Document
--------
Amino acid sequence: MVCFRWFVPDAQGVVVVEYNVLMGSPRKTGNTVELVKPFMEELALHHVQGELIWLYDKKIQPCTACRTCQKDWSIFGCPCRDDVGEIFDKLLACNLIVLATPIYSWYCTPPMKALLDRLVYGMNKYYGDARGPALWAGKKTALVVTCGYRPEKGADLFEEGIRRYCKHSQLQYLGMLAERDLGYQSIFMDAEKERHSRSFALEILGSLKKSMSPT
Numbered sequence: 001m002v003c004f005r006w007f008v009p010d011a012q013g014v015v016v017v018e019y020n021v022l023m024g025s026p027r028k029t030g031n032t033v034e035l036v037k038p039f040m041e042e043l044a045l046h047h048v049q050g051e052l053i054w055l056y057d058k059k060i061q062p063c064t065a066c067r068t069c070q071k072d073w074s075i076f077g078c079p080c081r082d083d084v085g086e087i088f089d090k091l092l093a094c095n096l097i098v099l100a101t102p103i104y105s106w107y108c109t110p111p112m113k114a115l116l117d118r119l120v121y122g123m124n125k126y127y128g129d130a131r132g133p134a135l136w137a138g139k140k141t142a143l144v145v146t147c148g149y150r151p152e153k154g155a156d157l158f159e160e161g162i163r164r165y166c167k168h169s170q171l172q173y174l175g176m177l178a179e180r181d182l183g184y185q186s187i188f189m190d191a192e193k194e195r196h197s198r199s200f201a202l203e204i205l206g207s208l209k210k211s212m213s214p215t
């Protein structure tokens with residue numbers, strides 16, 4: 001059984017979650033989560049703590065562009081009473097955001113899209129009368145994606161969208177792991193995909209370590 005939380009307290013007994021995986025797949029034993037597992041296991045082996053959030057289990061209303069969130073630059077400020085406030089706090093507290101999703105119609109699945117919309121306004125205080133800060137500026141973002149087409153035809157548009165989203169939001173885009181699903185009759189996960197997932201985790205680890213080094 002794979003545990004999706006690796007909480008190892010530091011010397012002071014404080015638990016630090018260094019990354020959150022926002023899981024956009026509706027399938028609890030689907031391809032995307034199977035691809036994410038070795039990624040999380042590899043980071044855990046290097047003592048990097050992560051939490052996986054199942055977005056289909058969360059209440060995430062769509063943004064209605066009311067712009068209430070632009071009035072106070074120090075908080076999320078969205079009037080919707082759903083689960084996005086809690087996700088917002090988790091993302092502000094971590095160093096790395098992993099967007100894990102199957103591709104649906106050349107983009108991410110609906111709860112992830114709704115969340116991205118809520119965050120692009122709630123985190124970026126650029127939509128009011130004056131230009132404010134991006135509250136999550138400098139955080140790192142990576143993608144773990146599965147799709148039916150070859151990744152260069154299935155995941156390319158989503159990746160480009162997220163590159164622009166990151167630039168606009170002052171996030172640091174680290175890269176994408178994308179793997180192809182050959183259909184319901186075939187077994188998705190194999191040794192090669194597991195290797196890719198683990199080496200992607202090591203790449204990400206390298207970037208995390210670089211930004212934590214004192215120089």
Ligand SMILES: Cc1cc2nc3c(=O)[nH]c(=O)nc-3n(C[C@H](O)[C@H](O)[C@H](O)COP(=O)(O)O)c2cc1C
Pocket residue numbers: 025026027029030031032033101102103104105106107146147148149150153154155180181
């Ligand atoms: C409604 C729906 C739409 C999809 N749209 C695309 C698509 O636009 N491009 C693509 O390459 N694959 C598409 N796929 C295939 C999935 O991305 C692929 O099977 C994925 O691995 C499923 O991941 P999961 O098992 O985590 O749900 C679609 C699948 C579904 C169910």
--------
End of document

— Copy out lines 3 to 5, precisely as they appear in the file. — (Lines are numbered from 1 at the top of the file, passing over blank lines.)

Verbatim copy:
């Protein structure tokens with residue numbers, strides 16, 4: 001059984017979650033989560049703590065562009081009473097955001113899209129009368145994606161969208177792991193995909209370590 005939380009307290013007994021995986025797949029034993037597992041296991045082996053959030057289990061209303069969130073630059077400020085406030089706090093507290101999703105119609109699945117919309121306004125205080133800060137500026141973002149087409153035809157548009165989203169939001173885009181699903185009759189996960197997932201985790205680890213080094 002794979003545990004999706006690796007909480008190892010530091011010397012002071014404080015638990016630090018260094019990354020959150022926002023899981024956009026509706027399938028609890030689907031391809032995307034199977035691809036994410038070795039990624040999380042590899043980071044855990046290097047003592048990097050992560051939490052996986054199942055977005056289909058969360059209440060995430062769509063943004064209605066009311067712009068209430070632009071009035072106070074120090075908080076999320078969205079009037080919707082759903083689960084996005086809690087996700088917002090988790091993302092502000094971590095160093096790395098992993099967007100894990102199957103591709104649906106050349107983009108991410110609906111709860112992830114709704115969340116991205118809520119965050120692009122709630123985190124970026126650029127939509128009011130004056131230009132404010134991006135509250136999550138400098139955080140790192142990576143993608144773990146599965147799709148039916150070859151990744152260069154299935155995941156390319158989503159990746160480009162997220163590159164622009166990151167630039168606009170002052171996030172640091174680290175890269176994408178994308179793997180192809182050959183259909184319901186075939187077994188998705190194999191040794192090669194597991195290797196890719198683990199080496200992607202090591203790449204990400206390298207970037208995390210670089211930004212934590214004192215120089």
Ligand SMILES: Cc1cc2nc3c(=O)[nH]c(=O)nc-3n(C[C@H](O)[C@H](O)[C@H](O)COP(=O)(O)O)c2cc1C
Pocket residue numbers: 025026027029030031032033101102103104105106107146147148149150153154155180181